When the Asia Cup schedule came out, countless fans were salivating at the prospect of three India-Pakistan games, including the final. India have not made it that far but Sri Lanka have, and there’s little reason to complain, writes Shashwat Kumar.
Cast your mind back to the late 2000s. The T20I revolution had just begun gripping the cricketing landscape. What was earlier deemed unconventional became the norm. Mystery spin, quirky fast-bowling actions, unconventional batting techniques, all became virtuous traits.
Pakistan and Sri Lanka, rather unsurprisingly, cast themselves as two of the premier T20I outfits on the planet. The Men in Green reached the final of the inaugural edition of the T20 World Cup in 2007, before winning it a couple of years later. Sri Lanka, meanwhile, finished runners-up to Pakistan and the West Indies in 2009 and 2012, respectively. Their moment of glory, though, came in 2014 against India.
2014 was also the last time these two teams reached the summit clash of the Asia Cup. Eight years later, as both teams prepare to battle in that cauldron of pressure again, it might seem a lot has changed. The cast is obviously not the same and both sides have vastly different strengths. But the drama, the stakes and the raw excitement of someone unheralded taking your breath away, has not.
Prior to this edition of the Asia Cup, not many would have vouched for Sri Lanka reaching the final. They had lost their most recent T20I series to Australia and had been thumped by India earlier in the year. The Islanders also lost when they travelled to Australia in February. Sri Lanka were also finding it tough to put together consistent performances. One promising outing was followed by something drabber and players whose talent was beyond question were just not providing enough of a return.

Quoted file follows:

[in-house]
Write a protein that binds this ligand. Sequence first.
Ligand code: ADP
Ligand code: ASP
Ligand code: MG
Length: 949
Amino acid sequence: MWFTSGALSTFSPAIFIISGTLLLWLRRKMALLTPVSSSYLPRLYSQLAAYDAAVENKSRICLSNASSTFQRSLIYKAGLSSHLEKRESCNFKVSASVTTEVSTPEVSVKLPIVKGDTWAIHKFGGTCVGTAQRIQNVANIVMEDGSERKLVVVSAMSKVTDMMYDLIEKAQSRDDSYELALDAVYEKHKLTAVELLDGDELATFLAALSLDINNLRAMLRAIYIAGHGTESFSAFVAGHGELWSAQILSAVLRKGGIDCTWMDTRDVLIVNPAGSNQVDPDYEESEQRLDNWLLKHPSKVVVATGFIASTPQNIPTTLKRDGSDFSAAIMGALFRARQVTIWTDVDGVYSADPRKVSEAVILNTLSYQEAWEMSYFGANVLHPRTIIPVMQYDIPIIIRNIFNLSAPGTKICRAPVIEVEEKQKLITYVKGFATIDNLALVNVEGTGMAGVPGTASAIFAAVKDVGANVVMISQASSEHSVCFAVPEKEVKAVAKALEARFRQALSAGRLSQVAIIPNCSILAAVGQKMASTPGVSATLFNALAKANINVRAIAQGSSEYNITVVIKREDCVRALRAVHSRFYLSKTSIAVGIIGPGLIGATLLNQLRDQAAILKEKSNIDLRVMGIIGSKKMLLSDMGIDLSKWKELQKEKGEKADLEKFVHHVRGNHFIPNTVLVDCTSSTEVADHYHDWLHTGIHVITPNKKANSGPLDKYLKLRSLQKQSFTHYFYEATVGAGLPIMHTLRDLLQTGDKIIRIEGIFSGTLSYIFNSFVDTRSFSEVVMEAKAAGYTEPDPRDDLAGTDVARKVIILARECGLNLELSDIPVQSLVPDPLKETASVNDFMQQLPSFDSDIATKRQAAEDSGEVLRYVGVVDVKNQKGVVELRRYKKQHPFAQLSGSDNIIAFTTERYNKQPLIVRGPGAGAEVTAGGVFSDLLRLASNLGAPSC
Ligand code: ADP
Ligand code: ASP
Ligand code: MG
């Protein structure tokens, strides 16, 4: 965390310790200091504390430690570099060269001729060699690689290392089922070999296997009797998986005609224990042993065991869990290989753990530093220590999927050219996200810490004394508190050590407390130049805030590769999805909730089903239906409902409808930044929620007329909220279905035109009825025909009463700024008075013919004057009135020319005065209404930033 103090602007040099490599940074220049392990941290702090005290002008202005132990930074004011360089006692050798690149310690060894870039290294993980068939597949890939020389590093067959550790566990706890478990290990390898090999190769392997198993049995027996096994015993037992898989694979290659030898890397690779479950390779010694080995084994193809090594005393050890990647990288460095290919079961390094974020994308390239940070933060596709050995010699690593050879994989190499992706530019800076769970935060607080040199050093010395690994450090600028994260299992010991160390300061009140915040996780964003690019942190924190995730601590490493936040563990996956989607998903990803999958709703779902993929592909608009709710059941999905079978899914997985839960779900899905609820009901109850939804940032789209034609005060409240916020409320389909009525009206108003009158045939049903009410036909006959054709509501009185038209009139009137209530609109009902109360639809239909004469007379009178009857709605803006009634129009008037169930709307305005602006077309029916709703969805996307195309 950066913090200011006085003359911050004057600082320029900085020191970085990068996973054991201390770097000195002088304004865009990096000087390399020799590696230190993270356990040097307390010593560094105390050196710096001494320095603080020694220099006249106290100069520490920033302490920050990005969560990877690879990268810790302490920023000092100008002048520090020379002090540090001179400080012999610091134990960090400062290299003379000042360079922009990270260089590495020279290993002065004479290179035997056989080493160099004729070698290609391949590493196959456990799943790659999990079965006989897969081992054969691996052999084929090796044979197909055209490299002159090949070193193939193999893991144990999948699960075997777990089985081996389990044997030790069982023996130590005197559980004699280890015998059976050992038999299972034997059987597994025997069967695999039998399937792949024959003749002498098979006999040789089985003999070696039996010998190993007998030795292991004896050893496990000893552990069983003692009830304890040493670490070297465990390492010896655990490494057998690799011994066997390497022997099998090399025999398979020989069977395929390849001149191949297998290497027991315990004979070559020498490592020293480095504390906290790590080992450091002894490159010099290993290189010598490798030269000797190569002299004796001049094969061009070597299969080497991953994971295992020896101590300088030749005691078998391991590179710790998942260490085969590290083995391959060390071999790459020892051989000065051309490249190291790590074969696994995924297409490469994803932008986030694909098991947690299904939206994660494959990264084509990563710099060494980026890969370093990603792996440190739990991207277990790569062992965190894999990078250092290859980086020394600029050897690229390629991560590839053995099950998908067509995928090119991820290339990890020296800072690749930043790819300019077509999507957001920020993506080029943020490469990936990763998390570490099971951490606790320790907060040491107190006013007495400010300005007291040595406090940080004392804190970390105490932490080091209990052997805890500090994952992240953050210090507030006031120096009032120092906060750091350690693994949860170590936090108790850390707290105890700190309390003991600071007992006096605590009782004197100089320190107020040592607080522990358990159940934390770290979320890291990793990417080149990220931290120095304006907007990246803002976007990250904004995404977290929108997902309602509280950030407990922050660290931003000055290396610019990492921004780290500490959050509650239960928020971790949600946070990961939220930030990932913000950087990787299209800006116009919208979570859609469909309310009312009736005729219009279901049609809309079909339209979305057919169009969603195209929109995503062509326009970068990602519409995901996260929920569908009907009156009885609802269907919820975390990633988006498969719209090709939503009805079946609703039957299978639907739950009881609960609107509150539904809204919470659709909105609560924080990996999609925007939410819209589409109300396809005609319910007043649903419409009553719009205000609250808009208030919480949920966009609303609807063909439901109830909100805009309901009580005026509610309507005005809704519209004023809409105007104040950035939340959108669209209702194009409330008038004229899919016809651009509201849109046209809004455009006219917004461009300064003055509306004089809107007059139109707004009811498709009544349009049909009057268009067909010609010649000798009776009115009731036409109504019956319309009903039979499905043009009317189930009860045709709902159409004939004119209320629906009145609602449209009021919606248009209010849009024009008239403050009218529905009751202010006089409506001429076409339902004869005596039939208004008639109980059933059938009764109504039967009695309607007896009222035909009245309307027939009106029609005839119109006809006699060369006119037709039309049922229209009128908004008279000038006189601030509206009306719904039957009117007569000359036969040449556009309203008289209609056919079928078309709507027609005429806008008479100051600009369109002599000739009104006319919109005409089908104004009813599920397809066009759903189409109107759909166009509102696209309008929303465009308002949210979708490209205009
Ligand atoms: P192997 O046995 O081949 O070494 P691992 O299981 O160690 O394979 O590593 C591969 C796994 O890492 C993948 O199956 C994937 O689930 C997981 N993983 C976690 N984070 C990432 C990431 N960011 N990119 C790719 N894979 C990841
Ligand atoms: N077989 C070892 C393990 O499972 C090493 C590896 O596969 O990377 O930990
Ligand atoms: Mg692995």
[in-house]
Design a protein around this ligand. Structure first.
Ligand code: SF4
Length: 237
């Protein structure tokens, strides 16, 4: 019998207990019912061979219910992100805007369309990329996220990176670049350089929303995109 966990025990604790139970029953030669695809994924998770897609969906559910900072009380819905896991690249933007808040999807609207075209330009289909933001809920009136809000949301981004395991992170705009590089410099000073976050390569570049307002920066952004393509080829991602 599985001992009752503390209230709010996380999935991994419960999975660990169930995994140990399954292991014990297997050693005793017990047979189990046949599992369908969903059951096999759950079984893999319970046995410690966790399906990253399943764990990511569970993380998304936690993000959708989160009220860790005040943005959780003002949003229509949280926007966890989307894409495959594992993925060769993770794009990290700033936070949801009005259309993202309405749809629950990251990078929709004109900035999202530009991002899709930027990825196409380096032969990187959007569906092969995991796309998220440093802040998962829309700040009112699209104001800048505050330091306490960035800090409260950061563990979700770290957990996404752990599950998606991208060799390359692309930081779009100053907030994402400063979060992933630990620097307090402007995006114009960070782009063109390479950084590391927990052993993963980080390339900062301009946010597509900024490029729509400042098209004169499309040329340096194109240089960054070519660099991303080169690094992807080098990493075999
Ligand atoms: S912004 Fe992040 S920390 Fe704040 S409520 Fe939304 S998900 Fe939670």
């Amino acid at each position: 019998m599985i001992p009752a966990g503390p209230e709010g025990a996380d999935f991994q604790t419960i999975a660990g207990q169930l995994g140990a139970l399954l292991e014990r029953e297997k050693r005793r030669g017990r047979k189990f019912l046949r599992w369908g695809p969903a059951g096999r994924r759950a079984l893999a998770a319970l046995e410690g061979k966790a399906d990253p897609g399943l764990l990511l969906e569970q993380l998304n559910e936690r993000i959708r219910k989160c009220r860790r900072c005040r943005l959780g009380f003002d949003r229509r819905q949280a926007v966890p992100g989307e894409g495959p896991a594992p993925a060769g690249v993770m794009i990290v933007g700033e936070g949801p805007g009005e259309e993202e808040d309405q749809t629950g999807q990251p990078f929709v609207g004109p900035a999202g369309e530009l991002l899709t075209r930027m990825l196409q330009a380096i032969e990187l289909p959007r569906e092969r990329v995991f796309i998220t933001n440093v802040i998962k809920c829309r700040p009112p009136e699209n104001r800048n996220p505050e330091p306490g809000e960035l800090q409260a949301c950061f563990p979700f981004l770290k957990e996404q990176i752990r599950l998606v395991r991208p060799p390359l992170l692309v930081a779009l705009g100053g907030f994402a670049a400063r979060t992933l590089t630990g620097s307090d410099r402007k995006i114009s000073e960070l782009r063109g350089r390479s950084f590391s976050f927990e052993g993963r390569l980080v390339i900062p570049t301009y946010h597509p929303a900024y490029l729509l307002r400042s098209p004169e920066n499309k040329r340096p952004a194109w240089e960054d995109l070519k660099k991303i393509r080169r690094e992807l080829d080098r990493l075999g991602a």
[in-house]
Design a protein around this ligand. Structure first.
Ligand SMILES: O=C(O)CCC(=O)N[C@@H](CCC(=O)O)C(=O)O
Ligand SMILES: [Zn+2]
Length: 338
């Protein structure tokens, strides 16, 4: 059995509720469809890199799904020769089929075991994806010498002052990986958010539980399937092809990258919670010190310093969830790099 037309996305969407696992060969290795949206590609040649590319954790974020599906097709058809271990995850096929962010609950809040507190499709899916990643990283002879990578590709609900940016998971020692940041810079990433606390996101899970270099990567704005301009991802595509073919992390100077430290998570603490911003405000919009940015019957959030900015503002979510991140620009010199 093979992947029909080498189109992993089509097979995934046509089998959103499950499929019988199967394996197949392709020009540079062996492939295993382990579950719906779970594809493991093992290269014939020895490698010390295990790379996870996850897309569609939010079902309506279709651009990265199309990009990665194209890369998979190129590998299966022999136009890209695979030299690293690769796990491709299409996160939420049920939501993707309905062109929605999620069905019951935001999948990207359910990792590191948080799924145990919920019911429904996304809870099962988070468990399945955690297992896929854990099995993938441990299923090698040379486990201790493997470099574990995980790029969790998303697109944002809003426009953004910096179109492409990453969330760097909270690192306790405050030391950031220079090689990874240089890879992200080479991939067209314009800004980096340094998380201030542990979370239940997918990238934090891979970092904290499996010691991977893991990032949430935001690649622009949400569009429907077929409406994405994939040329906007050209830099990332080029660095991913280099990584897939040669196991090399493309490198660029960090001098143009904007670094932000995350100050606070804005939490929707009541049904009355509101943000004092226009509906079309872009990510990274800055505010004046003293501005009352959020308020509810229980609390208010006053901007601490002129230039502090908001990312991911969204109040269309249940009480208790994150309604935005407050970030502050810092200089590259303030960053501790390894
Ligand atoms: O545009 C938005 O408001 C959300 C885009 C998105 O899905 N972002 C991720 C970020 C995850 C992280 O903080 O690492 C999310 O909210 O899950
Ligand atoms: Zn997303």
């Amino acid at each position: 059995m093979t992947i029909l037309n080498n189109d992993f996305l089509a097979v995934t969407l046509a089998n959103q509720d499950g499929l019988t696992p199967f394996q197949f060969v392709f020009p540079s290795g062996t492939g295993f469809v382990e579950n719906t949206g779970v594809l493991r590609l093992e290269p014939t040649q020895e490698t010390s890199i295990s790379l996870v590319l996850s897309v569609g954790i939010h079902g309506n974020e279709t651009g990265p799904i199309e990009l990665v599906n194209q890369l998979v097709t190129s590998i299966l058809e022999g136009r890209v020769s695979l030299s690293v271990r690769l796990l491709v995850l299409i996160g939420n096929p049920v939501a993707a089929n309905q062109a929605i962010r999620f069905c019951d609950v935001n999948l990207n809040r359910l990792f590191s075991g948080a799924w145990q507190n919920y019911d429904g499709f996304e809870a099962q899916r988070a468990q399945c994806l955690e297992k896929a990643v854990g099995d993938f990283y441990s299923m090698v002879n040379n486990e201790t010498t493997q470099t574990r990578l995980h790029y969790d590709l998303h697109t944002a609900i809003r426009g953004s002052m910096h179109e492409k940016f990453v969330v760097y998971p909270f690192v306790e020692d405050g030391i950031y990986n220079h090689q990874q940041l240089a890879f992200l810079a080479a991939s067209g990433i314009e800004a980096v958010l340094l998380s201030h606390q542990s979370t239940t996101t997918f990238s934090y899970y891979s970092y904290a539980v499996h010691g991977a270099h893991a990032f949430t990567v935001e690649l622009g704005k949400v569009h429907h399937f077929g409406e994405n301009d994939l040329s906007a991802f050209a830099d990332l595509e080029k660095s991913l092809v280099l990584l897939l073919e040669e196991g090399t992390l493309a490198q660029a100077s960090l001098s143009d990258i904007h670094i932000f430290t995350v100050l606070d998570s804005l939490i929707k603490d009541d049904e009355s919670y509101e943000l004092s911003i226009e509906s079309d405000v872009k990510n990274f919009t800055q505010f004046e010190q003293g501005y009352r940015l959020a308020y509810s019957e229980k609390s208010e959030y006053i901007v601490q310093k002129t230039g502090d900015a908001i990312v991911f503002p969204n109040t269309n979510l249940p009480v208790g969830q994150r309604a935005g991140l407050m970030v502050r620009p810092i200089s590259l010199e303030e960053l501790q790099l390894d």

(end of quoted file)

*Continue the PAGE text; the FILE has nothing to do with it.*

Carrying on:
At the Asia Cup, all of that has changed. Kusal Mendis, who has not fulfilled his potential completely, has found his calling at the top of the order. Pathum Nissanka has allayed fears over his strike rate, producing two top-notch knocks against India and Pakistan. Bhanuka Rajapaksa, post the retirement to-and-fro, has been superb in the middle order. Their skipper Dasun Shanaka has also finished off games like he was always meant to.
Their bowling unit has also risen to the occasion. Maheesh Theekshana and Wanindu Hasaranga have expectedly fared well. The biggest positive, though, has been the emergence of 21-year-old pacer Dilshan Madushanka. Capable of bowling briskly, he has also moved the ball both ways. If anything, this has been a happy throwback to the brighter times in Sri Lankan cricket, spearheaded by two mystery spinners, a left-arm pacer and seamers (like Asitha Fernando and Chamika Karunaratne) capable of picking wickets regularly.
Pakistan, meanwhile, were touted to reach the final. In Babar Azam and Mohammad Rizwan, they also had the two top-ranked T20I batters in the world. What has been impressive, though, is they have reached the final without any massive contributions from their skipper.